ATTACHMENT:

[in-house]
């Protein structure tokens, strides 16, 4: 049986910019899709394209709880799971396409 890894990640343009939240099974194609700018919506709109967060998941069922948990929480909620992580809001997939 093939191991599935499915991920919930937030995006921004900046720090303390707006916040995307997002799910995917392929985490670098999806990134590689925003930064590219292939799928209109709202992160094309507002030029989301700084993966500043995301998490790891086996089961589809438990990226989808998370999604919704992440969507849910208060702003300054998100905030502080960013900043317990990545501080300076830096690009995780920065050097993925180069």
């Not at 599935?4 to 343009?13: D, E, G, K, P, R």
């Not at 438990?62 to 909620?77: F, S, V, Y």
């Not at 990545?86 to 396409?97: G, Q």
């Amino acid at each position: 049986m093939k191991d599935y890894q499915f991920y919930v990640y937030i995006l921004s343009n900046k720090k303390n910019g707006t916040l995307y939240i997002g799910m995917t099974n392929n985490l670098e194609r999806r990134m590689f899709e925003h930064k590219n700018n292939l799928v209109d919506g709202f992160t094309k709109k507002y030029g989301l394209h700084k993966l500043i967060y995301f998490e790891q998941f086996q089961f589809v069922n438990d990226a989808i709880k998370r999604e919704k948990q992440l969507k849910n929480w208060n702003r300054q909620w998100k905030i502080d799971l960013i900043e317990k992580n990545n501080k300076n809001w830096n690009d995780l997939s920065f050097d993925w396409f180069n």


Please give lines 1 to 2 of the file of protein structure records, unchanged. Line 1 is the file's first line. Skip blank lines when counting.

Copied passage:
[in-house]
């Protein structure tokens, strides 16, 4: 049986910019899709394209709880799971396409 890894990640343009939240099974194609700018919506709109967060998941069922948990929480909620992580809001997939 093939191991599935499915991920919930937030995006921004900046720090303390707006916040995307997002799910995917392929985490670098999806990134590689925003930064590219292939799928209109709202992160094309507002030029989301700084993966500043995301998490790891086996089961589809438990990226989808998370999604919704992440969507849910208060702003300054998100905030502080960013900043317990990545501080300076830096690009995780920065050097993925180069």